As to how much we were willing to give up – the reality was, we gave up more than we planned to, but it meant keeping the company alive and that was our goal. Also remembering that this could be a very big pie and so we didn’t give a big piece of a small pie, we gave a potentially small piece of a very big pie. Because the fresh food market is huge and the potential for our company is too.
Did you have certain skills or expertise you were looking for in an investor? How did having investors impact some of your business decisions?
We didn’t know specifically what skills or expertise we needed but as the investors came forward, they brought their contacts, and wisdom to our business. They were also able to speak to other potential investors and bring them in.
Generating interest from other investors outside of SCN was a bonus. And it helped validate what we were doing, and planning to do. We now have 8 investors, all with different backgrounds, and a Board of Directors with seats for 2 investors and Brian and I, as founders. We also have added an advisor, Bryan Kosteroski, from the Ag Council of Saskatchewan, who has an amazing depth of experience in ag supply chain management.
Board member Laurie Dmytryshyn introduced us to funding as well as helped us immensely as we grew our corporate structure. When we need advice or an opinion or connections, she is available. Gavin Preston, also an investor board member, has a financial background that we didn’t have as well, as significant experience in ag investing. Another investor, Cliff Wiegers has such unshakeable faith in us, and that is so encouraging.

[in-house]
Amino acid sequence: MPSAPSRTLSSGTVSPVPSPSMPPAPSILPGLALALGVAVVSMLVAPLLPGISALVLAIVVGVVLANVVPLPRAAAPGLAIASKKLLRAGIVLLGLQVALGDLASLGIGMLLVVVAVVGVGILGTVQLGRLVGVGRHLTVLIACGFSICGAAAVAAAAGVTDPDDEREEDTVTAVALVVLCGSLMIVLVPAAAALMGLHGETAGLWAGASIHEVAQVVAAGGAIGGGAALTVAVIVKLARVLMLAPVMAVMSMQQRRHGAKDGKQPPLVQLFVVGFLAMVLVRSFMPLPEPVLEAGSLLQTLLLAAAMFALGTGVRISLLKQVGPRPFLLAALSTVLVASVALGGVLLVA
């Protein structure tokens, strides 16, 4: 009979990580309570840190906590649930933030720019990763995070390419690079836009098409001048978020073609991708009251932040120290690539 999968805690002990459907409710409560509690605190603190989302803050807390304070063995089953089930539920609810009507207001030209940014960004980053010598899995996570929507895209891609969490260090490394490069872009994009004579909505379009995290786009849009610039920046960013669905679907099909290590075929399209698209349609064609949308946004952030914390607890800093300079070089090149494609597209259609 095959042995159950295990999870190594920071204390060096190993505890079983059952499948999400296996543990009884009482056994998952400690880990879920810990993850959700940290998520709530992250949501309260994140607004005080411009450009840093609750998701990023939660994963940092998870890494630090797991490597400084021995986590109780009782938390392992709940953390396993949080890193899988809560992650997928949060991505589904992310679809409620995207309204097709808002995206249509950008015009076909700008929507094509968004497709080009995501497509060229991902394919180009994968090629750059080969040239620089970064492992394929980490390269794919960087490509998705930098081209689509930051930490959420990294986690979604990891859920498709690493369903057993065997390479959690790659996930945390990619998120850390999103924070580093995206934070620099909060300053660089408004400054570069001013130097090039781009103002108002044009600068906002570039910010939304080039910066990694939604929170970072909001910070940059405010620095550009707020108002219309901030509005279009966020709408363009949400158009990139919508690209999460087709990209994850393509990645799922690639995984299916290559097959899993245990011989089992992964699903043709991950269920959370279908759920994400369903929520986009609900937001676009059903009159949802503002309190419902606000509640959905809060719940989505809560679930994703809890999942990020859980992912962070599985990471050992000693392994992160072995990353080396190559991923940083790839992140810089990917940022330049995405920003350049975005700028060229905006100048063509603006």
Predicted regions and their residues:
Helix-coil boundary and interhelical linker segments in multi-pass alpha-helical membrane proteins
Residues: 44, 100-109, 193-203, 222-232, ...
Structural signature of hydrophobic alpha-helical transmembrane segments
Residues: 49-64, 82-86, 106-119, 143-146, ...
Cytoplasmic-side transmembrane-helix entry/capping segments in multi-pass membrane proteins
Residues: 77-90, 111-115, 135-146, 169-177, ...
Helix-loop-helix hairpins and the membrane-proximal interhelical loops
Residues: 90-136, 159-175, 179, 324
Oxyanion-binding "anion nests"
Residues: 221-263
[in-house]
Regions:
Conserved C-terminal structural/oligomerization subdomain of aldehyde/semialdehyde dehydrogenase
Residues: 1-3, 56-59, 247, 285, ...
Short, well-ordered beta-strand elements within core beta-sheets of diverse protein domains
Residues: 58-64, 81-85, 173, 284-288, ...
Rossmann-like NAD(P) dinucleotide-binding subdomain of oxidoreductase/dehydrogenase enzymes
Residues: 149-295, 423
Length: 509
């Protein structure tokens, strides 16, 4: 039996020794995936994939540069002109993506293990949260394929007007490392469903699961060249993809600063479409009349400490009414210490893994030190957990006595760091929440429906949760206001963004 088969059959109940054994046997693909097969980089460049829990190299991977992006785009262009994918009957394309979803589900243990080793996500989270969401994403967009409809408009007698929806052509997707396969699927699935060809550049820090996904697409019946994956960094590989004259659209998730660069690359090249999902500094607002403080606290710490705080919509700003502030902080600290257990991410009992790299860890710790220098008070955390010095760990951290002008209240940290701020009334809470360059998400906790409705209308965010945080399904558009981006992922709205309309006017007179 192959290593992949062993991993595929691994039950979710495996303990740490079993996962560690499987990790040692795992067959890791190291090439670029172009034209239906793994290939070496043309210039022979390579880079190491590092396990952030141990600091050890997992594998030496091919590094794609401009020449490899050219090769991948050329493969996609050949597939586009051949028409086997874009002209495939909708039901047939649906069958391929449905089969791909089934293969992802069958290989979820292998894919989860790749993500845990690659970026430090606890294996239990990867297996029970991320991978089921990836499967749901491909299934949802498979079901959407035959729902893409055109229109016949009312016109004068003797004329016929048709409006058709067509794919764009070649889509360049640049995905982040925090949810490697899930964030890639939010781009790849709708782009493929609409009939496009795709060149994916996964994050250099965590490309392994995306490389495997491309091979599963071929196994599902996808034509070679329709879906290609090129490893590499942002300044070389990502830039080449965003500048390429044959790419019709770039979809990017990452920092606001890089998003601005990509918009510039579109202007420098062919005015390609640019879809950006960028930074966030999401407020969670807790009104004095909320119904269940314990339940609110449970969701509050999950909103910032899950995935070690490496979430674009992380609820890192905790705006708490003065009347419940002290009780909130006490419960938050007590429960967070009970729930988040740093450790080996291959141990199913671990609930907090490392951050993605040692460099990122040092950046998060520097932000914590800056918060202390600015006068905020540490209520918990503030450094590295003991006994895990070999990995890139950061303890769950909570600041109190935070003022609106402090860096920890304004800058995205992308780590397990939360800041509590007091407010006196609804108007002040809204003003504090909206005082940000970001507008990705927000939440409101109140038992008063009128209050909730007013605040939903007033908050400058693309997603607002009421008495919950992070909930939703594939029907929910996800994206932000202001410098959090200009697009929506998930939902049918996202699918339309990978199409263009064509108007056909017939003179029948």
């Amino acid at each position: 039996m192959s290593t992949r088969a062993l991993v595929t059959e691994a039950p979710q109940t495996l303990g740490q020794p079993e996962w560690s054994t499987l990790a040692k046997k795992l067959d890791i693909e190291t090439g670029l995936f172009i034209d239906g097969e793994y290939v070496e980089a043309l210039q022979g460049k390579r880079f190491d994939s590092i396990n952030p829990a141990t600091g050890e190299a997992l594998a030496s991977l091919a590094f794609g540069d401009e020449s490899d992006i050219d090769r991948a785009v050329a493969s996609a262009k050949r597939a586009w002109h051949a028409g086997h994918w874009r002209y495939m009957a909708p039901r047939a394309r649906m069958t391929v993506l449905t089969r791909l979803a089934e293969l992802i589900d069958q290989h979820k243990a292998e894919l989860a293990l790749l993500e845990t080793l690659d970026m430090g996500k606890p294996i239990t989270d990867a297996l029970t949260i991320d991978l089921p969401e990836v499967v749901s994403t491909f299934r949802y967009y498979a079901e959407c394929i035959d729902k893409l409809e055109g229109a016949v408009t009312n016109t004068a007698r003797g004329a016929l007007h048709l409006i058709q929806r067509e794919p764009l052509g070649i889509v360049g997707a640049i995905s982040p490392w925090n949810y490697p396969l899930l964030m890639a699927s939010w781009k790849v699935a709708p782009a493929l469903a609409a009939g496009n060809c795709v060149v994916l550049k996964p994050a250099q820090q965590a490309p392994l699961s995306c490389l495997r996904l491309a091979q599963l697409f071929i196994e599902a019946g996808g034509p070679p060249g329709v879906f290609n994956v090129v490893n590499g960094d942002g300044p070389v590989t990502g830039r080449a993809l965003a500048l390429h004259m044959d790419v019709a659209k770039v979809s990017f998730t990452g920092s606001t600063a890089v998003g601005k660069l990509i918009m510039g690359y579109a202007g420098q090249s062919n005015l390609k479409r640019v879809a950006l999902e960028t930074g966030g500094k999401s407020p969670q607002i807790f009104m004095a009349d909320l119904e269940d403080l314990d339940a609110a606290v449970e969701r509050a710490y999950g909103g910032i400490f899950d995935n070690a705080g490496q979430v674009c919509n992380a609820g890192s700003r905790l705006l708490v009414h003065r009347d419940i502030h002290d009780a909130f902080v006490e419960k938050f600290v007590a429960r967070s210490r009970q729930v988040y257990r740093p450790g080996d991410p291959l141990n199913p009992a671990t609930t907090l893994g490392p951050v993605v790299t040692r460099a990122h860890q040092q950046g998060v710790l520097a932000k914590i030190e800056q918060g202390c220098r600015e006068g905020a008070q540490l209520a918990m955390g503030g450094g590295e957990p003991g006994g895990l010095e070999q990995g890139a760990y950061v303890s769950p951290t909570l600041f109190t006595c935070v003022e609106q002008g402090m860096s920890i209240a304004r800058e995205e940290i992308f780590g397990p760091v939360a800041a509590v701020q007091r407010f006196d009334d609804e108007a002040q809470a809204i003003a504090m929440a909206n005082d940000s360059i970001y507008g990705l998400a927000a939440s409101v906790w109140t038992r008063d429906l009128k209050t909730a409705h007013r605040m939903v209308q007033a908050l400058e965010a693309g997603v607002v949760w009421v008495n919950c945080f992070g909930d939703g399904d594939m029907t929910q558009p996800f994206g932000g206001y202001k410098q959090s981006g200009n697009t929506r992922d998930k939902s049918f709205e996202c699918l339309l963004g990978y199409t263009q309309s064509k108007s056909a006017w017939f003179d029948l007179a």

With the guidance of the board and our investors, we have made some changes to our business that will give us more control and more autonomy. These changes include a rebranding of our products and a move away from our external distributor.
With your success in raising money through SCN, can you share any insight for companies going through their process?
I have learned so much from how Brian sees the big picture. I learned to not be afraid to exude your passion – but have a strong story. Don’t be over-confident – make a realistic offer (equity). Practice. Practice. Practice, your pitch. Know your numbers. Less is more – don’t try and tell them everything in your pitch. Leave room for questions and discussion. Be open to comments and criticism. If you are willing to take their money, be willing to listen and learn.
The ego and pride of the entrepreneur can be a real problem. They think they are the only ones who know their business and in fact as the saying goes, ‘they don’t know what they don’t know’. And that attitude holds the business back. You don’t want your business driven by your investors, but they bring more to the table than just their money. Take advantage of it.
It was also good to see what the investor is looking for. Certainly, they want their money back, and they’d like to make some money, but many do want more than that. And we have been fortunate to have a group of investors who have brought so much more to our business than cash.
Can you talk about the environment for entrepreneurs and start-ups in Saskatoon (and the province), IRAP, Seeds for Dreams, Women Entrepreneurs, etc.